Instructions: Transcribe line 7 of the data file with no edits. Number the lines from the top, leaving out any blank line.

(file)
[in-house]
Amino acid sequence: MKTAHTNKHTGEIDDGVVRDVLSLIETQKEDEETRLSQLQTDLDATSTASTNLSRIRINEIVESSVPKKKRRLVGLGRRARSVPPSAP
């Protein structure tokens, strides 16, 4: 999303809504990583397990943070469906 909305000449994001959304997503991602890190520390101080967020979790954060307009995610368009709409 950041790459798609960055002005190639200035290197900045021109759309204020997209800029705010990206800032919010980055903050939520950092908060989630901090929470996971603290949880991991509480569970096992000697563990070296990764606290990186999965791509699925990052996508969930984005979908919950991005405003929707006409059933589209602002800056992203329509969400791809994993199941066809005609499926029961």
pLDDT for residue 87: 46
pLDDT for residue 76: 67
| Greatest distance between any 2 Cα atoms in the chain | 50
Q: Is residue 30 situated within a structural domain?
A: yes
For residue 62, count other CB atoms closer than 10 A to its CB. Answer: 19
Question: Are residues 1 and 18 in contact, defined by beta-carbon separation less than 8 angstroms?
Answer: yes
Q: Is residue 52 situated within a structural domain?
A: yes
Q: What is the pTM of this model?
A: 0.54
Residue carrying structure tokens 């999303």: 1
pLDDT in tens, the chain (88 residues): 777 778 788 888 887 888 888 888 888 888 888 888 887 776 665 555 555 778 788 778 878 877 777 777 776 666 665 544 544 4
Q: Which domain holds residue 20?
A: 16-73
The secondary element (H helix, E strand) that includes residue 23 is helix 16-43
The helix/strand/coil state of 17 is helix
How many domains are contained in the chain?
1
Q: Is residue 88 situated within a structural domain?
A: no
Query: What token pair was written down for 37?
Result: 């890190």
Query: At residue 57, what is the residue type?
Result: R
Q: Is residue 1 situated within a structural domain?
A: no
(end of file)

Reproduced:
Q: Is residue 30 situated within a structural domain?